The last of the baby boomers turned 57 this year.
The first baby boomers will turn 75. Those born before them are called the greatest generation.
These generations saw the Berlin wall go up in the early ‘60s symbolizing the cold war, they fought for Civil Rights and saw the 1964 Civil Rights Act change America. They lived without computers, without cell phones and they make up 23.5% of our population.
Although they have endured throughout the generations, they are some of the most at risk for the coronavirus.
According to the CDC those between the ages of 65-74 are five times higher risk of hospitalization and 90 times higher risk of death. Those between the ages of 75-84 years old are at eight times higher risk of hospitalization and 220 times more likely to die of COVID-19. Individuals over the age of 85 are 13 times more likely to be hospitalized and are 630 times more likely to die from the virus.
How is this prognosis and the isolation affecting the elderly?
It seems the older generations are reported to handle the stress of COVID-19 more effectively than those younger than them. The disparity may be explained by the lower stress levels due to fewer work conflicts. Living in your more mature years also gives a person the perspective that difficult times eventually pass, and resiliency is developed during these hardships. Older individuals grew up without the immediate gratification of younger generations.
The social isolation we are all experiencing now is the same isolation the elderly feel regularly, even when there is not a pandemic.
The term “Blursday” was coined from our inability to recollect what day it is since they all lack structure or interaction with others. This is a common experience for the elderly.
This is an opportunity: what can we do to help them cope?
One of the elderly individuals I see loves greeting cards. She says she collects them and reads them when she is feeling lonely. Consider picking up some greeting cards to send to friends or family members who may feel isolated.
Better yet, take the time to make your own.
You’ll use your creativity (another proven stress reliever) and make someone smile.
Letter writing is no longer a large part of our culture. However, if you grew up with it, it offers a feeling of being valued and remembered. Take a few minutes to hand-write a letter to someone. It’s another cathartic, creative activity for you and you’re sharing your story with someone who may need a glimpse into someone else’s life. It could start a treasured dialogue, too.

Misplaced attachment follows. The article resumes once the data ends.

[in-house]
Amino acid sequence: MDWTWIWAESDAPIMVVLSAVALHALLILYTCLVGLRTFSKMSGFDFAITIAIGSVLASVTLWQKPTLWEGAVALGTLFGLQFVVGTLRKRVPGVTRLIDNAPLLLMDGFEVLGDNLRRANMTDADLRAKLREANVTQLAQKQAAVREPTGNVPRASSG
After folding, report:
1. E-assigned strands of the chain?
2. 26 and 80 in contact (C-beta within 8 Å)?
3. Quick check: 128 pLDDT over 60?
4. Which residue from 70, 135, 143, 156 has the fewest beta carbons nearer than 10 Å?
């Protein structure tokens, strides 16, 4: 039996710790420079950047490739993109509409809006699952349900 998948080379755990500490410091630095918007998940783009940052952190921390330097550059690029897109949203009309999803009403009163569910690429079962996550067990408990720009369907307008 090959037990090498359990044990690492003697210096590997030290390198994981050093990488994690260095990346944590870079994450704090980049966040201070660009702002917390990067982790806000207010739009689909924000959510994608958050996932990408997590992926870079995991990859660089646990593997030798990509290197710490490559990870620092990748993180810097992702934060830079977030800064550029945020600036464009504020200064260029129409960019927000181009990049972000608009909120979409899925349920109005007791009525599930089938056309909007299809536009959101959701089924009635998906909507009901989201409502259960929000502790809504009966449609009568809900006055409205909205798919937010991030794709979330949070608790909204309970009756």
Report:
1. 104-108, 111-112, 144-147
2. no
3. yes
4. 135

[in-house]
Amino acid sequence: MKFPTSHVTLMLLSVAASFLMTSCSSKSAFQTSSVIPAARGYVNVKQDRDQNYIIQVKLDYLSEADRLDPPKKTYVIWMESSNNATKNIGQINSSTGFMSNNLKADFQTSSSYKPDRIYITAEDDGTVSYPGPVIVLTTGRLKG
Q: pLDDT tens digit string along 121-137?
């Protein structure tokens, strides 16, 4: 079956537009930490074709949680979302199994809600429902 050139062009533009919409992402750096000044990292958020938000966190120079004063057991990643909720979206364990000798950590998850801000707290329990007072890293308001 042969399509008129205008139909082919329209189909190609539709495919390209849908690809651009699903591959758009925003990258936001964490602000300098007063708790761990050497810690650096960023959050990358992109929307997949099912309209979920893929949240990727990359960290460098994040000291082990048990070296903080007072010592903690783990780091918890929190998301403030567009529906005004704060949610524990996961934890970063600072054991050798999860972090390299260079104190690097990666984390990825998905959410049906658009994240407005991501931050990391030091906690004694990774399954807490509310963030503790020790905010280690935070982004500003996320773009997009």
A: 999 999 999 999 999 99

Use technology to set up a slideshow of photos through the years.
This offers a great tool to allow your loved ones to remember their accomplishments and watch themselves grow up before their own eyes; and you’re capturing your family history, too. This can spur memories and initiate storytelling. We can also learn about their history and the history of their time.
Even when we reach out, some folks may still need more than our interaction. Spectrum Health is here to help, with activities on our Community of Caring, in-person counseling, and tele-health, too.
We’re enduring higher levels of stress and lack of social stimulation: we can take a few lessons away from our older generations.
By sharing our similar experiences in isolation, we can learn from difficult situations as well as develop empathy for our elderly friends and family. An important thing we can take away from this pandemic is to make an effort to be with those who are alone: we understand better what isolation feels like now. Our parents, our grandparents, aunts, uncles, cousins, and friends, and their generation endured trying times before COVID-19; these special people in our lives are part of the Greatest Generation for a reason!
By Lisa Ardovini
Program Manager II
Spectrum Health and Human Services